Skin Issues Associated with RA
Last updated: November 2022
About the time I first ventured into a rheumatology clinic after being referred by my general practitioner, I had been battling a nasty case of hives for the previous year or so. The itching drove me crazy at times and I took an over-the-counter antihistamine to control it. My medical record still lists urticaria, the medical term for hives, as one of my “conditions”. The referral was based on traditional RAsymptoms but when my rheumatologist learned about the hives, he mentioned that it was probably related to RA since it all involved the immune system. In a previous post, I outlined how RA can impact parts of the body other than joints and there are several skin issues that are related to rheumatoid arthritis.
Nodules are the most common skin condition from RA
Nodules are among the most common skin condition from RA. According to the National Rheumatoid Arthritis Society (NRAS) in the United Kingdom,
“Rheumatoid nodules are firm lumps that appear subcutaneously (i.e., under the skin) in about 20% of patients with rheumatoid arthritis. These nodules usually occur overexposed joints that are subject to trauma, such as the fingers joints and elbows, though occasionally they can occur elsewhere such as the back of the heel.”1 In one study of RA patients, the most prevalent extra-articular (outside the joint) presentation was nodules appearing in 24.5% of the sample.2
What are nodules?
According to a dermatological overview on the topic, the nodules consist of inflammatory tissue that contains cells such as lymphocytes and other white blood cells.3 The lumps are usually hard and painless and do not typically require any treatment although they may be removed surgically if needed. Nodules are usually benign but sometimes get infected. Nodules tend to be more common with patients with severe and aggressive RA disease symptoms, who are rheumatoid factor (RF) positive, and who display additional extra-articular symptoms including vasculitis (inflammation of blood vessels) and lung disease. Nodules can even develop in the lungs.4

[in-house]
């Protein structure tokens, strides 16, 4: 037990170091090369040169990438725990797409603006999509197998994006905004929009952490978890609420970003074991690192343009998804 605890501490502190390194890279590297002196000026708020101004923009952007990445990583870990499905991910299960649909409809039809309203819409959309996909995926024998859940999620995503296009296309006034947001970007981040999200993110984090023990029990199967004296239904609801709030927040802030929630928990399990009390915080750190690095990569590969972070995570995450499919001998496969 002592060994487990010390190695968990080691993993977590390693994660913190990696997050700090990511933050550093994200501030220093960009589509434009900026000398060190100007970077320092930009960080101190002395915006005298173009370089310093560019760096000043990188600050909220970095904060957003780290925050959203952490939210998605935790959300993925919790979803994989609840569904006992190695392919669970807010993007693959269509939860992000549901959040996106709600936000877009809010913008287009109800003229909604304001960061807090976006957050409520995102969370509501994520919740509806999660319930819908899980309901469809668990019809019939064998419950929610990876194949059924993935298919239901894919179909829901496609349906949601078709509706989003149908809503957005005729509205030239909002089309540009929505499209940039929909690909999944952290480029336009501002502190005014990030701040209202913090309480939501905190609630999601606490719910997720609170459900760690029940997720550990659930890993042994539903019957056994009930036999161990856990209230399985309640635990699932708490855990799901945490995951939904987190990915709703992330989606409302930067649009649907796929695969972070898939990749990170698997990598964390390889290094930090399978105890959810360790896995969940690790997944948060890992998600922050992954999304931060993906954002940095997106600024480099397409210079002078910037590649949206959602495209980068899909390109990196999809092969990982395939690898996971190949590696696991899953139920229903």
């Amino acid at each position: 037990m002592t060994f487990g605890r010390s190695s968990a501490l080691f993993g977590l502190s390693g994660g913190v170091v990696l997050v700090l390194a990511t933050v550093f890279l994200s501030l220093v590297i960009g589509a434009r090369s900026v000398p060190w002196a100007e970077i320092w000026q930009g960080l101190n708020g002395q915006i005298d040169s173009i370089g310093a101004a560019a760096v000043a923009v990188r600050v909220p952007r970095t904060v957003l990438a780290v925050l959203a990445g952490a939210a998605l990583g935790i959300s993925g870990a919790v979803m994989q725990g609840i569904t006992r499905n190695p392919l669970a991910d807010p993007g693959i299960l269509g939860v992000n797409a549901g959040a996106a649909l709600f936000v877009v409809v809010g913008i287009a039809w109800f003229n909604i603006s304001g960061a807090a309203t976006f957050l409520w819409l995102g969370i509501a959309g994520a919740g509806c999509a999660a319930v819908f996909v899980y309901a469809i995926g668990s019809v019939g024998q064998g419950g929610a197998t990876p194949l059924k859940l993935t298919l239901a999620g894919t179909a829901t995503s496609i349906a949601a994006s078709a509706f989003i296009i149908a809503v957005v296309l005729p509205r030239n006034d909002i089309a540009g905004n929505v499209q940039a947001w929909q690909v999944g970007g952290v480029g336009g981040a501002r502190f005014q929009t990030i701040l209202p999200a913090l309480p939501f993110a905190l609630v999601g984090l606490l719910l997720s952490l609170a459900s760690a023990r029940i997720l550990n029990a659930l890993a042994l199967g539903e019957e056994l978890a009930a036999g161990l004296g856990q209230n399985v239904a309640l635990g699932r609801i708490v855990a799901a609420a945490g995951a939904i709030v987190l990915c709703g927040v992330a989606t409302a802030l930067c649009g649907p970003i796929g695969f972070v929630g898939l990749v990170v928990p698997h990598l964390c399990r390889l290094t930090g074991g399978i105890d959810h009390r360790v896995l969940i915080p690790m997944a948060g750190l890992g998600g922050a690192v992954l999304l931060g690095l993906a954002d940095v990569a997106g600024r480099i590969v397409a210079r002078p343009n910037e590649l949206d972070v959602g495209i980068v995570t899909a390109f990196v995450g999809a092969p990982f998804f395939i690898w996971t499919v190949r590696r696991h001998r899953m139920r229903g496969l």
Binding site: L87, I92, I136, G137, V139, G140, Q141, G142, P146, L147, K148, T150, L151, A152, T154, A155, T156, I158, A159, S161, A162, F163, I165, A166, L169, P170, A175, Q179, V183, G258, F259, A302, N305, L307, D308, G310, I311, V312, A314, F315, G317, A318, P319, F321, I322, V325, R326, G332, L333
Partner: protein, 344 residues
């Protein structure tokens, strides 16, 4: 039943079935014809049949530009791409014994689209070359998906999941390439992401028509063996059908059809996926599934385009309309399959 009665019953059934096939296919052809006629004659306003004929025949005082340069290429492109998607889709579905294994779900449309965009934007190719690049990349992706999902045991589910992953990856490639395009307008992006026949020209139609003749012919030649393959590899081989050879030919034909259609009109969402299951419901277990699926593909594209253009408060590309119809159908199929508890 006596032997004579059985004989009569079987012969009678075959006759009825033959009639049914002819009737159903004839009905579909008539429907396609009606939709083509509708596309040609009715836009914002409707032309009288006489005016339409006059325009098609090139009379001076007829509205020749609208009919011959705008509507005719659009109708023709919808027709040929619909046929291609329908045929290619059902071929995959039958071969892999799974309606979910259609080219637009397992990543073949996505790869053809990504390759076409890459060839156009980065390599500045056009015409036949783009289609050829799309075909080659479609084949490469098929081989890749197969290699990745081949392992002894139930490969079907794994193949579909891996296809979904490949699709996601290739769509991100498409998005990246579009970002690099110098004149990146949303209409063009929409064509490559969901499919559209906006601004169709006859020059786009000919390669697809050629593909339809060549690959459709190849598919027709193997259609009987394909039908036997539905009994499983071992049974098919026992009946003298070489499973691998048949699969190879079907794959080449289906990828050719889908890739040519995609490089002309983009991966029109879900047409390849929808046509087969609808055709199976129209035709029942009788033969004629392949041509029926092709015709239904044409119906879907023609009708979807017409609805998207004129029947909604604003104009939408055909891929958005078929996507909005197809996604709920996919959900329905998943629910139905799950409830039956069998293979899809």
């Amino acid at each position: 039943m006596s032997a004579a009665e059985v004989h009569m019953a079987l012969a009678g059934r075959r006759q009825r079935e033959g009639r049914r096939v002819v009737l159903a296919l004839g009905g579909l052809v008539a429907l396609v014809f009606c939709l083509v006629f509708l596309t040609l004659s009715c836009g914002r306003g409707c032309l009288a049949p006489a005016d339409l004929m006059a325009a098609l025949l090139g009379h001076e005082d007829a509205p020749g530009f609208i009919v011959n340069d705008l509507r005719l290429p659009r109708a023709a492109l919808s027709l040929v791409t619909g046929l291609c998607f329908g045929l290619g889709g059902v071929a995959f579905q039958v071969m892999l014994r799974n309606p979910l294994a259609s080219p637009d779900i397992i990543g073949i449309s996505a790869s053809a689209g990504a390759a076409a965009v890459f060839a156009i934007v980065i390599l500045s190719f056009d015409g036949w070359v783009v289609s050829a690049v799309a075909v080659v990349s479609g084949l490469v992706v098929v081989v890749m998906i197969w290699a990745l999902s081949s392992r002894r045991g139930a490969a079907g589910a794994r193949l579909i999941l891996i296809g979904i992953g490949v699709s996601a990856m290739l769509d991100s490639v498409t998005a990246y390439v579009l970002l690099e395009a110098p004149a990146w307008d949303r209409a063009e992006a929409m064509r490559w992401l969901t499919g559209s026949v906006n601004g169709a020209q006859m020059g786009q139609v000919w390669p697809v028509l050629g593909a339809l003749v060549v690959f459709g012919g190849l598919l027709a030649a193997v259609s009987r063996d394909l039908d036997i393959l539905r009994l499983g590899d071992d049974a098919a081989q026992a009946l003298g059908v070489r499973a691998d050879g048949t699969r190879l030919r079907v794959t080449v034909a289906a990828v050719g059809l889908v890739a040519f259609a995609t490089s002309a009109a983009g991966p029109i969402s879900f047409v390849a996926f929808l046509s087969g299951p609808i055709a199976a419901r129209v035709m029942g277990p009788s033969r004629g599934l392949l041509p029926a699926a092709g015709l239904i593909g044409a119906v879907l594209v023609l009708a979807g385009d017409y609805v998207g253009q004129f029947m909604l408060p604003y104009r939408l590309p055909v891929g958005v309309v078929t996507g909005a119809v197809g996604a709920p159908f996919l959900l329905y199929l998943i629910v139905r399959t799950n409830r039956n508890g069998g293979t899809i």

Where do nodules come from?
The exact source of nodules is unknown but some researchers are beginning to argue that rheumatoid nodules may be related to genetic material that originated from the mother during pregnancy – called microchimerism.5 According to Dr. Paget at the Hospital for Special Surgery in New York, patients who use high doses of methotrexate are more prone to develop nodules and the reasons for this are unclear.6,7
But there has been a decline in the presentation of nodules over the past few years probably attributed to the use of biological treatments. One group of researchers demonstrated cases where increases of lung nodules were seen in patients using TNF blockers that then decreased after stopping the TNF blocker and switching to Rituxan.8 Supporting this study, other researchers documented that the use of Rituxan effectively treated subcutaneous nodules.9
Other skin problems associated with RA
Chronic hives (urticaria)
In addition to nodules, several other less common skin conditions can be associated with RA. As mentioned earlier, chronic hives or urticaria can occur with RA. Allergists recognize that chronic hives can be a symptom of RA.10 In one study, 24% of patients with chronic hives also displayed an autoimmune condition.11
Skin vasculitis & livedo reticularis
Skin vasculitis, inflammation of the blood vessels in the skin, can be a complication of RA and may be a sign of more serious vasculitis involving vessels and arteries throughout the body.12 Livedo reticularis is a secondary condition of RA that involves dilation of blood vessels in the skin and causes a mottled, purple discoloration.13 Deformities including ridges in the fingernails can also be seen in RA patients.14 At one time I had such symptoms and my rheumatologist said that nail changes could be symptomatic of chronic diseases.
Skin problems are considered to be indicative of more serious cases of RA.15 If you have skin conditions and believe that they may be related to RA, please speak to your doctor.
Did you know rheumatologist Dr. Donica Baker is answering community questions?
Join the conversation